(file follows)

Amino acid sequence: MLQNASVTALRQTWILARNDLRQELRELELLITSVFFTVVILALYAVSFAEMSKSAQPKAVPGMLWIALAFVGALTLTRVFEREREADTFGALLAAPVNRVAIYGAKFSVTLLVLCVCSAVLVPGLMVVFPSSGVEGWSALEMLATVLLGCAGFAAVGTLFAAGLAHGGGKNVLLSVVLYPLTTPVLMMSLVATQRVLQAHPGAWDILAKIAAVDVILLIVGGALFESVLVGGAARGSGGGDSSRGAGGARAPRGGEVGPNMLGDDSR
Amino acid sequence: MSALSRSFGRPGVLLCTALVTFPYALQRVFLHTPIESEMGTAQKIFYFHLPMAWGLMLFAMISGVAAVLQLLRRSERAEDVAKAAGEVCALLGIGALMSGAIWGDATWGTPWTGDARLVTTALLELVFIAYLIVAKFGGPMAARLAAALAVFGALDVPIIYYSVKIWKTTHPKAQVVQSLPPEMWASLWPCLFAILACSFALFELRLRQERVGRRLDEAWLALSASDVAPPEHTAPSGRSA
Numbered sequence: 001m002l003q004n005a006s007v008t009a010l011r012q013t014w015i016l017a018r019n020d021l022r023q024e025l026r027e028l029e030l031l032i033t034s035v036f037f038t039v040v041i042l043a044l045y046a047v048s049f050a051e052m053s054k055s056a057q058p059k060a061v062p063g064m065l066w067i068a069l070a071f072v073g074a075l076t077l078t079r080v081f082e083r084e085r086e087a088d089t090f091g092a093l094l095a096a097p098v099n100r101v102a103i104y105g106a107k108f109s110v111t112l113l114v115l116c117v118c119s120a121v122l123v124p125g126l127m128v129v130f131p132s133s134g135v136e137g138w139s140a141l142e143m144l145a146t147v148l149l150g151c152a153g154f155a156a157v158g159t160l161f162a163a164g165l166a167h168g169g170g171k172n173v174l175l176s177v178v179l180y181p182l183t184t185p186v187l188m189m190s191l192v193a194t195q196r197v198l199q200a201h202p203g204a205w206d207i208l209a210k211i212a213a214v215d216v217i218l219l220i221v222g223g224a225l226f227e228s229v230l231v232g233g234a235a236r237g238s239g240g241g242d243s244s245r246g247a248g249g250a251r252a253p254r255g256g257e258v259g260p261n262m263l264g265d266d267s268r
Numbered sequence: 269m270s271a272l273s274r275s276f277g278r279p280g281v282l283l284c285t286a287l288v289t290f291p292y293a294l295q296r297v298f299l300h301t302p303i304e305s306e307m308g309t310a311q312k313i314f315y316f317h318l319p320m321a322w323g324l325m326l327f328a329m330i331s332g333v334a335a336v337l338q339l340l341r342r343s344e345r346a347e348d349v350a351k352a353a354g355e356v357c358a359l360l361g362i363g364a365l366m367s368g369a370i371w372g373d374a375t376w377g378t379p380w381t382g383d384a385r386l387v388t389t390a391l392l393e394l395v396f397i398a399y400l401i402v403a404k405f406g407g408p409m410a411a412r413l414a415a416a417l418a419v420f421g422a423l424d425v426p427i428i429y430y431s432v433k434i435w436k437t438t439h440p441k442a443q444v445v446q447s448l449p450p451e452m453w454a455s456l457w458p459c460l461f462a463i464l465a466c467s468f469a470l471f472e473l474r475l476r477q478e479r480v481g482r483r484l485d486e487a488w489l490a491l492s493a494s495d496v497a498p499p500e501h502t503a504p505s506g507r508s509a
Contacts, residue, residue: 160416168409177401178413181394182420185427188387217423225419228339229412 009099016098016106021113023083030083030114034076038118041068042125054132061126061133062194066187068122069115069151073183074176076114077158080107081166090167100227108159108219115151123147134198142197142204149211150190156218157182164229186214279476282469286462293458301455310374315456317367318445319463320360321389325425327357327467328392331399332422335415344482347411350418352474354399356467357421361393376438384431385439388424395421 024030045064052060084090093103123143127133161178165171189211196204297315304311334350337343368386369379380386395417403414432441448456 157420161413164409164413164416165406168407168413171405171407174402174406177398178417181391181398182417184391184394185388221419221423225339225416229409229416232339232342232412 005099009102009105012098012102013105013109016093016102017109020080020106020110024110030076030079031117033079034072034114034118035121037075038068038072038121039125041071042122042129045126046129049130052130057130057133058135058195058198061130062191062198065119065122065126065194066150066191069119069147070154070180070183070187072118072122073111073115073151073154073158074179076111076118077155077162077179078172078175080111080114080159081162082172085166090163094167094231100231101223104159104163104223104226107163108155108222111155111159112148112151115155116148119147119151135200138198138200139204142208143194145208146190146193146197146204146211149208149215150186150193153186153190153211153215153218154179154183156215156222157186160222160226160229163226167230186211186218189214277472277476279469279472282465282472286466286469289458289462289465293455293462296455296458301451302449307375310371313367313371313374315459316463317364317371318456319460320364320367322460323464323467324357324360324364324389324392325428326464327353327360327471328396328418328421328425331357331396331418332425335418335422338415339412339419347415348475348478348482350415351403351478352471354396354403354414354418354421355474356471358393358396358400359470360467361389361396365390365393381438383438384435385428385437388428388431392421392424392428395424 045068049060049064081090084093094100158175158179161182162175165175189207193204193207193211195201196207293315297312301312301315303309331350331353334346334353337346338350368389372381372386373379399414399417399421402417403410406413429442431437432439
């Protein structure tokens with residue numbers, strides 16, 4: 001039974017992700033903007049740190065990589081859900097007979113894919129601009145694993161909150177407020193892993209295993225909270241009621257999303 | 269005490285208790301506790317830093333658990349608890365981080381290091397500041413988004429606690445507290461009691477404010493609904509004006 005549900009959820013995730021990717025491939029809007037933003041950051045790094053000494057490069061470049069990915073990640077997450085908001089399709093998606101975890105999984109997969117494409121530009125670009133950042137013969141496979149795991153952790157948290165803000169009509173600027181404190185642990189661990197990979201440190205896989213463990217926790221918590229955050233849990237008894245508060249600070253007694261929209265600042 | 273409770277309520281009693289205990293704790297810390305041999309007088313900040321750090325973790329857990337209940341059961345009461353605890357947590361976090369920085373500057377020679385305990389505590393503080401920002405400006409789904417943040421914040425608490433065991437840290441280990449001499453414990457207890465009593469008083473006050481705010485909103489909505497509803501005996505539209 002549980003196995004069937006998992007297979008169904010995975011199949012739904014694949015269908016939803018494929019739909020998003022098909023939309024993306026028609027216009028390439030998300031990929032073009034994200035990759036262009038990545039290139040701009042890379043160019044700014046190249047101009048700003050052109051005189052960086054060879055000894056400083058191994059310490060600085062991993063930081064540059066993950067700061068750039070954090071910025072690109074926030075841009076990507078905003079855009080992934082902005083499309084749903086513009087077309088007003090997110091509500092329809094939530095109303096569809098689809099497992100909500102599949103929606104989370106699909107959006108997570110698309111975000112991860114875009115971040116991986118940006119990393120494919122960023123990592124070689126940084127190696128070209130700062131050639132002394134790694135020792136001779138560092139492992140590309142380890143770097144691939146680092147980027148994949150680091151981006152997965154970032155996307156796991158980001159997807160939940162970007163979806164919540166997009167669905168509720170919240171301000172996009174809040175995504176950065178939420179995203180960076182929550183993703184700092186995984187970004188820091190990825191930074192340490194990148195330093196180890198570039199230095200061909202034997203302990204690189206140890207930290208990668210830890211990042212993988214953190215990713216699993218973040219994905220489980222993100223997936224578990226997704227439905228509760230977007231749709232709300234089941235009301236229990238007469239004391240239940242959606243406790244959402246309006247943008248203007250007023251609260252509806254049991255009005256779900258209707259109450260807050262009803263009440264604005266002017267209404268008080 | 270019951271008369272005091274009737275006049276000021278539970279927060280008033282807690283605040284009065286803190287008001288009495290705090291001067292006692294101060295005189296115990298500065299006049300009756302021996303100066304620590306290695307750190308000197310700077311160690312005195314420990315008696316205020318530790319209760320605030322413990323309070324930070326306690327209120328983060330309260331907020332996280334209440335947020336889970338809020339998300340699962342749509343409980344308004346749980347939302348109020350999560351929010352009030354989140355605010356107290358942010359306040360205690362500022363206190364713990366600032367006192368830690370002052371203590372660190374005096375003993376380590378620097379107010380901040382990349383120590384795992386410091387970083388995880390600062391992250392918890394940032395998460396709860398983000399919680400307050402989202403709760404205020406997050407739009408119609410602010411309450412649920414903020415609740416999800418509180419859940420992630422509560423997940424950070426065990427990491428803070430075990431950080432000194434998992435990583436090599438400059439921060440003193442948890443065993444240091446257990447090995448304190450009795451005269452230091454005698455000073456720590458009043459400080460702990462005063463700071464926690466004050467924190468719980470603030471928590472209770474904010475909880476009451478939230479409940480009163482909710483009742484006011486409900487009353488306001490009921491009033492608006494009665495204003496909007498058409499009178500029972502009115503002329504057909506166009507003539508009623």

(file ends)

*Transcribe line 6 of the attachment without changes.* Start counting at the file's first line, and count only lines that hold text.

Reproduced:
């Protein structure tokens with residue numbers, strides 16, 4: 001039974017992700033903007049740190065990589081859900097007979113894919129601009145694993161909150177407020193892993209295993225909270241009621257999303 | 269005490285208790301506790317830093333658990349608890365981080381290091397500041413988004429606690445507290461009691477404010493609904509004006 005549900009959820013995730021990717025491939029809007037933003041950051045790094053000494057490069061470049069990915073990640077997450085908001089399709093998606101975890105999984109997969117494409121530009125670009133950042137013969141496979149795991153952790157948290165803000169009509173600027181404190185642990189661990197990979201440190205896989213463990217926790221918590229955050233849990237008894245508060249600070253007694261929209265600042 | 273409770277309520281009693289205990293704790297810390305041999309007088313900040321750090325973790329857990337209940341059961345009461353605890357947590361976090369920085373500057377020679385305990389505590393503080401920002405400006409789904417943040421914040425608490433065991437840290441280990449001499453414990457207890465009593469008083473006050481705010485909103489909505497509803501005996505539209 002549980003196995004069937006998992007297979008169904010995975011199949012739904014694949015269908016939803018494929019739909020998003022098909023939309024993306026028609027216009028390439030998300031990929032073009034994200035990759036262009038990545039290139040701009042890379043160019044700014046190249047101009048700003050052109051005189052960086054060879055000894056400083058191994059310490060600085062991993063930081064540059066993950067700061068750039070954090071910025072690109074926030075841009076990507078905003079855009080992934082902005083499309084749903086513009087077309088007003090997110091509500092329809094939530095109303096569809098689809099497992100909500102599949103929606104989370106699909107959006108997570110698309111975000112991860114875009115971040116991986118940006119990393120494919122960023123990592124070689126940084127190696128070209130700062131050639132002394134790694135020792136001779138560092139492992140590309142380890143770097144691939146680092147980027148994949150680091151981006152997965154970032155996307156796991158980001159997807160939940162970007163979806164919540166997009167669905168509720170919240171301000172996009174809040175995504176950065178939420179995203180960076182929550183993703184700092186995984187970004188820091190990825191930074192340490194990148195330093196180890198570039199230095200061909202034997203302990204690189206140890207930290208990668210830890211990042212993988214953190215990713216699993218973040219994905220489980222993100223997936224578990226997704227439905228509760230977007231749709232709300234089941235009301236229990238007469239004391240239940242959606243406790244959402246309006247943008248203007250007023251609260252509806254049991255009005256779900258209707259109450260807050262009803263009440264604005266002017267209404268008080 | 270019951271008369272005091274009737275006049276000021278539970279927060280008033282807690283605040284009065286803190287008001288009495290705090291001067292006692294101060295005189296115990298500065299006049300009756302021996303100066304620590306290695307750190308000197310700077311160690312005195314420990315008696316205020318530790319209760320605030322413990323309070324930070326306690327209120328983060330309260331907020332996280334209440335947020336889970338809020339998300340699962342749509343409980344308004346749980347939302348109020350999560351929010352009030354989140355605010356107290358942010359306040360205690362500022363206190364713990366600032367006192368830690370002052371203590372660190374005096375003993376380590378620097379107010380901040382990349383120590384795992386410091387970083388995880390600062391992250392918890394940032395998460396709860398983000399919680400307050402989202403709760404205020406997050407739009408119609410602010411309450412649920414903020415609740416999800418509180419859940420992630422509560423997940424950070426065990427990491428803070430075990431950080432000194434998992435990583436090599438400059439921060440003193442948890443065993444240091446257990447090995448304190450009795451005269452230091454005698455000073456720590458009043459400080460702990462005063463700071464926690466004050467924190468719980470603030471928590472209770474904010475909880476009451478939230479409940480009163482909710483009742484006011486409900487009353488306001490009921491009033492608006494009665495204003496909007498058409499009178500029972502009115503002329504057909506166009507003539508009623």